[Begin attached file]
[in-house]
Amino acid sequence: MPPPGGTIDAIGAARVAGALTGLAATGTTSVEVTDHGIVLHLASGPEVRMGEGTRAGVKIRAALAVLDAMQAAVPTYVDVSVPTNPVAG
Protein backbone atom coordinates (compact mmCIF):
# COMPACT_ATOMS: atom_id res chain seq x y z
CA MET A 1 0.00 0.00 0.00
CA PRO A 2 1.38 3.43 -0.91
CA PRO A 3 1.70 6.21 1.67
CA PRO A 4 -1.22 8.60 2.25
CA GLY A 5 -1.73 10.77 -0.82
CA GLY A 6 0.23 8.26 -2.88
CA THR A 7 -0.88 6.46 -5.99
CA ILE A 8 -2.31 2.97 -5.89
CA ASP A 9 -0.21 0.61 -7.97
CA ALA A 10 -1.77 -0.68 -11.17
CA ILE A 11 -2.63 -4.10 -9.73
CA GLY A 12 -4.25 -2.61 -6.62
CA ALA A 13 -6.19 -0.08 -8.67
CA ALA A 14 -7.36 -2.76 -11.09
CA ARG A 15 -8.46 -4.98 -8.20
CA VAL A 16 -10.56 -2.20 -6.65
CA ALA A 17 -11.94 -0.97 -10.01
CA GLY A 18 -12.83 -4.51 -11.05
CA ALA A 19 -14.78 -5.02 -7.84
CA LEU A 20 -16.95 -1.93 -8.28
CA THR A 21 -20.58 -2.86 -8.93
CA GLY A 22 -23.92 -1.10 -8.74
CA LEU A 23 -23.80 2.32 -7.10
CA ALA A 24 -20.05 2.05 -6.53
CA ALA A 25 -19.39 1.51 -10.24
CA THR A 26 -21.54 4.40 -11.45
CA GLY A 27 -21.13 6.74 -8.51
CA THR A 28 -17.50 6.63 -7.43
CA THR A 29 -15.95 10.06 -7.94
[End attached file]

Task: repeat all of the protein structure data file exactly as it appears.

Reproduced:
[in-house]
Amino acid sequence: MPPPGGTIDAIGAARVAGALTGLAATGTTSVEVTDHGIVLHLASGPEVRMGEGTRAGVKIRAALAVLDAMQAAVPTYVDVSVPTNPVAG
Protein backbone atom coordinates (compact mmCIF):
# COMPACT_ATOMS: atom_id res chain seq x y z
CA MET A 1 0.00 0.00 0.00
CA PRO A 2 1.38 3.43 -0.91
CA PRO A 3 1.70 6.21 1.67
CA PRO A 4 -1.22 8.60 2.25
CA GLY A 5 -1.73 10.77 -0.82
CA GLY A 6 0.23 8.26 -2.88
CA THR A 7 -0.88 6.46 -5.99
CA ILE A 8 -2.31 2.97 -5.89
CA ASP A 9 -0.21 0.61 -7.97
CA ALA A 10 -1.77 -0.68 -11.17
CA ILE A 11 -2.63 -4.10 -9.73
CA GLY A 12 -4.25 -2.61 -6.62
CA ALA A 13 -6.19 -0.08 -8.67
CA ALA A 14 -7.36 -2.76 -11.09
CA ARG A 15 -8.46 -4.98 -8.20
CA VAL A 16 -10.56 -2.20 -6.65
CA ALA A 17 -11.94 -0.97 -10.01
CA GLY A 18 -12.83 -4.51 -11.05
CA ALA A 19 -14.78 -5.02 -7.84
CA LEU A 20 -16.95 -1.93 -8.28
CA THR A 21 -20.58 -2.86 -8.93
CA GLY A 22 -23.92 -1.10 -8.74
CA LEU A 23 -23.80 2.32 -7.10
CA ALA A 24 -20.05 2.05 -6.53
CA ALA A 25 -19.39 1.51 -10.24
CA THR A 26 -21.54 4.40 -11.45
CA GLY A 27 -21.13 6.74 -8.51
CA THR A 28 -17.50 6.63 -7.43
CA THR A 29 -15.95 10.06 -7.94